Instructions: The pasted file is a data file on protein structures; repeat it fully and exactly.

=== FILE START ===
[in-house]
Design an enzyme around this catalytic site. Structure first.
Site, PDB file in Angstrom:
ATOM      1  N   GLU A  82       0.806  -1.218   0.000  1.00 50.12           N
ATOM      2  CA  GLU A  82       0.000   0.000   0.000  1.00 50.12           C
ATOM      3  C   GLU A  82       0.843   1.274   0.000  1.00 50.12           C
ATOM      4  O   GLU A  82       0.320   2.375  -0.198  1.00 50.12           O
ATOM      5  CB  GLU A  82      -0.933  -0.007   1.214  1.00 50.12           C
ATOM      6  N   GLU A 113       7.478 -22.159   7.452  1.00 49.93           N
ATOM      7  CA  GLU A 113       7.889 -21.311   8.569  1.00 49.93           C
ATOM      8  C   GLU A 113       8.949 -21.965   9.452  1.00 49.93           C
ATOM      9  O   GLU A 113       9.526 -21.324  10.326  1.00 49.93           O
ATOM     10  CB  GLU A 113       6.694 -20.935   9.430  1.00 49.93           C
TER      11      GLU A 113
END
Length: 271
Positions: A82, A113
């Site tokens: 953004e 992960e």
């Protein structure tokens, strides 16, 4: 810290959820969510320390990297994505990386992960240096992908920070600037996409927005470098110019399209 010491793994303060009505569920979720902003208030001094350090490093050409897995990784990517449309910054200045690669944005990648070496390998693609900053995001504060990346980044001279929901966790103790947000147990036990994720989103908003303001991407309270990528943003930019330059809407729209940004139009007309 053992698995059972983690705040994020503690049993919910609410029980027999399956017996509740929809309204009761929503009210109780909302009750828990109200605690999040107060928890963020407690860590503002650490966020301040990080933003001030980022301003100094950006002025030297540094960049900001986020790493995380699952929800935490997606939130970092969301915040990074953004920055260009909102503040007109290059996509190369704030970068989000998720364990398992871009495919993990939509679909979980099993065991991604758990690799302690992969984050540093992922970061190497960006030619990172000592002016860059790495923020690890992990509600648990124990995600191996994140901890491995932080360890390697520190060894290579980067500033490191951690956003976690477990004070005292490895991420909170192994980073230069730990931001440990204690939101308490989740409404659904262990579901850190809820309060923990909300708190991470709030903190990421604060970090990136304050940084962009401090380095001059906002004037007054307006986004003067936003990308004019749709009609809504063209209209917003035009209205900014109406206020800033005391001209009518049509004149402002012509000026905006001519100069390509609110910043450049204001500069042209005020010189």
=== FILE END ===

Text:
[in-house]
Design an enzyme around this catalytic site. Structure first.
Site, PDB file in Angstrom:
ATOM      1  N   GLU A  82       0.806  -1.218   0.000  1.00 50.12           N
ATOM      2  CA  GLU A  82       0.000   0.000   0.000  1.00 50.12           C
ATOM      3  C   GLU A  82       0.843   1.274   0.000  1.00 50.12           C
ATOM      4  O   GLU A  82       0.320   2.375  -0.198  1.00 50.12           O
ATOM      5  CB  GLU A  82      -0.933  -0.007   1.214  1.00 50.12           C
ATOM      6  N   GLU A 113       7.478 -22.159   7.452  1.00 49.93           N
ATOM      7  CA  GLU A 113       7.889 -21.311   8.569  1.00 49.93           C
ATOM      8  C   GLU A 113       8.949 -21.965   9.452  1.00 49.93           C
ATOM      9  O   GLU A 113       9.526 -21.324  10.326  1.00 49.93           O
ATOM     10  CB  GLU A 113       6.694 -20.935   9.430  1.00 49.93           C
TER      11      GLU A 113
END
Length: 271
Positions: A82, A113
């Site tokens: 953004e 992960e």
């Protein structure tokens, strides 16, 4: 810290959820969510320390990297994505990386992960240096992908920070600037996409927005470098110019399209 010491793994303060009505569920979720902003208030001094350090490093050409897995990784990517449309910054200045690669944005990648070496390998693609900053995001504060990346980044001279929901966790103790947000147990036990994720989103908003303001991407309270990528943003930019330059809407729209940004139009007309 053992698995059972983690705040994020503690049993919910609410029980027999399956017996509740929809309204009761929503009210109780909302009750828990109200605690999040107060928890963020407690860590503002650490966020301040990080933003001030980022301003100094950006002025030297540094960049900001986020790493995380699952929800935490997606939130970092969301915040990074953004920055260009909102503040007109290059996509190369704030970068989000998720364990398992871009495919993990939509679909979980099993065991991604758990690799302690992969984050540093992922970061190497960006030619990172000592002016860059790495923020690890992990509600648990124990995600191996994140901890491995932080360890390697520190060894290579980067500033490191951690956003976690477990004070005292490895991420909170192994980073230069730990931001440990204690939101308490989740409404659904262990579901850190809820309060923990909300708190991470709030903190990421604060970090990136304050940084962009401090380095001059906002004037007054307006986004003067936003990308004019749709009609809504063209209209917003035009209205900014109406206020800033005391001209009518049509004149402002012509000026905006001519100069390509609110910043450049204001500069042209005020010189």